The ideological vulnerabilities of Jihadism are apparent on an existential level. Jihadism requires establishing a culture in conflict with tradition and the prevailing intellectual environment. This is a demanding task and requires considerable intellectual investment. However, members of militant groups are frequently not sufficiently instructed in Islamic doctrine. And as the government forces fought back, whatever level of knowledge was available was progressively thinned out. The implication of this lack of trained scholarly resources made itself felt on two fronts: firstly, the propaganda and public relations front, and secondly (and uniquely to this form of revolutionary conflict) the strategic front where doctrinal propriety not only influenced, but was impacted by, militant operations. With the failure of the Syrian Jihadi rebellion in the 1980s, Jihadi thinkers focused on the need for more thorough doctrinal training. This fact allows counter-ideology practitioners to map and measure their intellectual rearmament as it develops.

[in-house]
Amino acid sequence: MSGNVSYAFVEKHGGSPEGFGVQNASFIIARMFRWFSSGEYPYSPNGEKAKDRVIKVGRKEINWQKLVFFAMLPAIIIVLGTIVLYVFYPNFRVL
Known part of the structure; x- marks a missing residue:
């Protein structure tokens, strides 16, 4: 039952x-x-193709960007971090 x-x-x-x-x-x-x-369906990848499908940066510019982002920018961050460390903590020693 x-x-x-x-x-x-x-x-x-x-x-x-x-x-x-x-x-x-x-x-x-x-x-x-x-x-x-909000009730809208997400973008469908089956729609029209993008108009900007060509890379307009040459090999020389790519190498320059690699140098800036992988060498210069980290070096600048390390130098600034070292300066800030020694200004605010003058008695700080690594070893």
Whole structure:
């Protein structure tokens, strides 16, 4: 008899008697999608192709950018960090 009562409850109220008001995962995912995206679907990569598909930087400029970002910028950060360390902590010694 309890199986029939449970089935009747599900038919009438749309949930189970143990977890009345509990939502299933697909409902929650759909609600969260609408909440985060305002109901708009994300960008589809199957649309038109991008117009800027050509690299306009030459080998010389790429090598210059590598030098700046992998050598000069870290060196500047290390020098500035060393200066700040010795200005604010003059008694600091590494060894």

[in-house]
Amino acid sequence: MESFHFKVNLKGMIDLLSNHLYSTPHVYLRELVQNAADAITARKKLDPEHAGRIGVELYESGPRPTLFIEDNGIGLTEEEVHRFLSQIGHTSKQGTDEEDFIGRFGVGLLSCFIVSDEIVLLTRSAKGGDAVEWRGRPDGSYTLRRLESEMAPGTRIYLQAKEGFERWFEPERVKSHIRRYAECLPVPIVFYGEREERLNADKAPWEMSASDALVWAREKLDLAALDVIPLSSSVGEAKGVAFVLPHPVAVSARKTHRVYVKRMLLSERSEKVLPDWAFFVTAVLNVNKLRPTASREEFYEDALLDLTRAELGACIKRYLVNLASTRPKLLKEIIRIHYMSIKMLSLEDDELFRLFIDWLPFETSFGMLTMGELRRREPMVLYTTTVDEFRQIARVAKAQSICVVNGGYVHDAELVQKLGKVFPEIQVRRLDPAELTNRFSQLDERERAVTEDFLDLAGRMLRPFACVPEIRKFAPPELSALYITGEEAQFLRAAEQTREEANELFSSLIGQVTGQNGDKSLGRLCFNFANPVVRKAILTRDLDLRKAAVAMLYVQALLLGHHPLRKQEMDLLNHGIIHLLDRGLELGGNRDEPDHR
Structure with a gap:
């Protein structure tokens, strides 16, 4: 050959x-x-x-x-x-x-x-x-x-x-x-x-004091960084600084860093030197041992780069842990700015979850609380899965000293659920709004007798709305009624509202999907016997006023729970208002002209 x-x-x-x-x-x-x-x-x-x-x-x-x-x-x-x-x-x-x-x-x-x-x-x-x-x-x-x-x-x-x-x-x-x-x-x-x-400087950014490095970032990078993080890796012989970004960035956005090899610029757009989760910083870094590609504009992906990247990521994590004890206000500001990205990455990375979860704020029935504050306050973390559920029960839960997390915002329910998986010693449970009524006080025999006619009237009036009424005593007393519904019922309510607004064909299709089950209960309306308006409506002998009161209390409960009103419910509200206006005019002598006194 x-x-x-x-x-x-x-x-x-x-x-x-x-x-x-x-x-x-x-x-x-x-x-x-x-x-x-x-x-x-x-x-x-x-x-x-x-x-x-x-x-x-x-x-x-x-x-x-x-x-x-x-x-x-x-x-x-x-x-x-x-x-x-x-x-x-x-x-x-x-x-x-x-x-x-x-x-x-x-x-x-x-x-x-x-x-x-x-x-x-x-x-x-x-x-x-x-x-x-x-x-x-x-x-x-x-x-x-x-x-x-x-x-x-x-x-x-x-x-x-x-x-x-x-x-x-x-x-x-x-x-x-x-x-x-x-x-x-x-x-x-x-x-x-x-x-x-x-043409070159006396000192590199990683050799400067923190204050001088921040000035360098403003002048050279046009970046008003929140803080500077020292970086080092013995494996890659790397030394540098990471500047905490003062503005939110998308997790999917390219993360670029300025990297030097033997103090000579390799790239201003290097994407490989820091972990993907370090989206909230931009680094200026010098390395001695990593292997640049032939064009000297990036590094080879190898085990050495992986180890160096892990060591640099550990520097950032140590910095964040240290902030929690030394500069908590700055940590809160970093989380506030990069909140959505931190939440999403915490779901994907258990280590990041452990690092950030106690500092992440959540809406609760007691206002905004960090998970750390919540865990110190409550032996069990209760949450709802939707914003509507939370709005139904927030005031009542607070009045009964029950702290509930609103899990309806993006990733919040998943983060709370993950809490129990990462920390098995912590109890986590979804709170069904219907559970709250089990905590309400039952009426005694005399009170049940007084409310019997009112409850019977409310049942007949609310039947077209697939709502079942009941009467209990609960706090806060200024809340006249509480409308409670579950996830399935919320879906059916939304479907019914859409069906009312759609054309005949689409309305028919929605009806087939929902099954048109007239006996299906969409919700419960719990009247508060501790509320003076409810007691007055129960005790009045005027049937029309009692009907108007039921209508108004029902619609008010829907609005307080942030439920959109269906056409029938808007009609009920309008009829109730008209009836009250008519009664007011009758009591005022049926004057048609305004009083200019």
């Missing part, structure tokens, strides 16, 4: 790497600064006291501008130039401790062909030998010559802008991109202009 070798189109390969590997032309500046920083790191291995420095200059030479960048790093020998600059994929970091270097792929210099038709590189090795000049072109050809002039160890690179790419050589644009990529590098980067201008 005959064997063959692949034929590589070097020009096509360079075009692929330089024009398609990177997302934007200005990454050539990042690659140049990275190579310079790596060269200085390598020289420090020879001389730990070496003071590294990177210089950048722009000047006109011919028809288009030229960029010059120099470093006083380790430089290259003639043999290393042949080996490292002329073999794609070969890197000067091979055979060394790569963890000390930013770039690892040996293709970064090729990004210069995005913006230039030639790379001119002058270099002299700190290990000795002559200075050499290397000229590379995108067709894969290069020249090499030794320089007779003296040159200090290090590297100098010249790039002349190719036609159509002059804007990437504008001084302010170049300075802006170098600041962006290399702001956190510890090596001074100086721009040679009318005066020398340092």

It is difficult for an ideologically purist movement of the rigor of Jihadism to contract relationships with less purist groups. In addition to this confusion, several endemic excesses further confused the Jihadi message and weakened the appeal of the mujahideen in the broader community. These excesses include unruliness, incitement, loquacity, bad manners, low culture, noisiness, excessive zeal, inappropriate and unqualified pronouncements on matters of religious law, and disrespect for scholars with divergent views, along with the historical inattention given to public relations.